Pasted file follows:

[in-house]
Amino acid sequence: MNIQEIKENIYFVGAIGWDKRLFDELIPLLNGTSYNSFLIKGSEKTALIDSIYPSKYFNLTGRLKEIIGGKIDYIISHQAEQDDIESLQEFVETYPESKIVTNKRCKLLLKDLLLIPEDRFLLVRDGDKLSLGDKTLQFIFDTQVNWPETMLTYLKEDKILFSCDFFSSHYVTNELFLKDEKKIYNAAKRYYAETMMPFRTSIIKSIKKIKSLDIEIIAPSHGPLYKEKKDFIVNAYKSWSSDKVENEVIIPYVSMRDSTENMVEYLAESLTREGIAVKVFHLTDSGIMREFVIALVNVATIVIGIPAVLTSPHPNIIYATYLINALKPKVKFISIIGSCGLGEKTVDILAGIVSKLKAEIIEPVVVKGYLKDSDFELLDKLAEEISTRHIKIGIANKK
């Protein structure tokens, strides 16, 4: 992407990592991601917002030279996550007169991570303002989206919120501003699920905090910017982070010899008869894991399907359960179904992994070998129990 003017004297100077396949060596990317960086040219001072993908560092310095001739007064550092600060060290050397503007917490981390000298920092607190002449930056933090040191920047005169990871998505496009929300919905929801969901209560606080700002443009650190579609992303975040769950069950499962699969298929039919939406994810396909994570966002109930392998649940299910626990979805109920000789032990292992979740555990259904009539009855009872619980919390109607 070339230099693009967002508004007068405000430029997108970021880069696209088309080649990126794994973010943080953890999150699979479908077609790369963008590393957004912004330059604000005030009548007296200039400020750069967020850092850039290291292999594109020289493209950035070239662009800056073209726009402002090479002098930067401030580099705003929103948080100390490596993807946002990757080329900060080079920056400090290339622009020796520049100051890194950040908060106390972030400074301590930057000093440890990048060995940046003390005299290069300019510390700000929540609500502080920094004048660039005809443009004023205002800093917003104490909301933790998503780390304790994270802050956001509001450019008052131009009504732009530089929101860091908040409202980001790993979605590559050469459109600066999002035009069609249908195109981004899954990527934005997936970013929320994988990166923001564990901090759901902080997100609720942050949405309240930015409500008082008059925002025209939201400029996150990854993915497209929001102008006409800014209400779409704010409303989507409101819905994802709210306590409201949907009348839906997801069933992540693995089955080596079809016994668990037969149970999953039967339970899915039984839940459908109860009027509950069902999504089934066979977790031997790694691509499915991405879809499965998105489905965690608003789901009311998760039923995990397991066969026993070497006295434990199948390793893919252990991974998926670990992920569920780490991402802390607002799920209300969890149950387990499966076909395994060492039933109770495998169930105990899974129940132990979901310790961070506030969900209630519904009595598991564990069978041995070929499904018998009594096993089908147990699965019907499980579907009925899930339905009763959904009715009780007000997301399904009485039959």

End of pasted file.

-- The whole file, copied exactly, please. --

[in-house]
Amino acid sequence: MNIQEIKENIYFVGAIGWDKRLFDELIPLLNGTSYNSFLIKGSEKTALIDSIYPSKYFNLTGRLKEIIGGKIDYIISHQAEQDDIESLQEFVETYPESKIVTNKRCKLLLKDLLLIPEDRFLLVRDGDKLSLGDKTLQFIFDTQVNWPETMLTYLKEDKILFSCDFFSSHYVTNELFLKDEKKIYNAAKRYYAETMMPFRTSIIKSIKKIKSLDIEIIAPSHGPLYKEKKDFIVNAYKSWSSDKVENEVIIPYVSMRDSTENMVEYLAESLTREGIAVKVFHLTDSGIMREFVIALVNVATIVIGIPAVLTSPHPNIIYATYLINALKPKVKFISIIGSCGLGEKTVDILAGIVSKLKAEIIEPVVVKGYLKDSDFELLDKLAEEISTRHIKIGIANKK
């Protein structure tokens, strides 16, 4: 992407990592991601917002030279996550007169991570303002989206919120501003699920905090910017982070010899008869894991399907359960179904992994070998129990 003017004297100077396949060596990317960086040219001072993908560092310095001739007064550092600060060290050397503007917490981390000298920092607190002449930056933090040191920047005169990871998505496009929300919905929801969901209560606080700002443009650190579609992303975040769950069950499962699969298929039919939406994810396909994570966002109930392998649940299910626990979805109920000789032990292992979740555990259904009539009855009872619980919390109607 070339230099693009967002508004007068405000430029997108970021880069696209088309080649990126794994973010943080953890999150699979479908077609790369963008590393957004912004330059604000005030009548007296200039400020750069967020850092850039290291292999594109020289493209950035070239662009800056073209726009402002090479002098930067401030580099705003929103948080100390490596993807946002990757080329900060080079920056400090290339622009020796520049100051890194950040908060106390972030400074301590930057000093440890990048060995940046003390005299290069300019510390700000929540609500502080920094004048660039005809443009004023205002800093917003104490909301933790998503780390304790994270802050956001509001450019008052131009009504732009530089929101860091908040409202980001790993979605590559050469459109600066999002035009069609249908195109981004899954990527934005997936970013929320994988990166923001564990901090759901902080997100609720942050949405309240930015409500008082008059925002025209939201400029996150990854993915497209929001102008006409800014209400779409704010409303989507409101819905994802709210306590409201949907009348839906997801069933992540693995089955080596079809016994668990037969149970999953039967339970899915039984839940459908109860009027509950069902999504089934066979977790031997790694691509499915991405879809499965998105489905965690608003789901009311998760039923995990397991066969026993070497006295434990199948390793893919252990991974998926670990992920569920780490991402802390607002799920209300969890149950387990499966076909395994060492039933109770495998169930105990899974129940132990979901310790961070506030969900209630519904009595598991564990069978041995070929499904018998009594096993089908147990699965019907499980579907009925899930339905009763959904009715009780007000997301399904009485039959």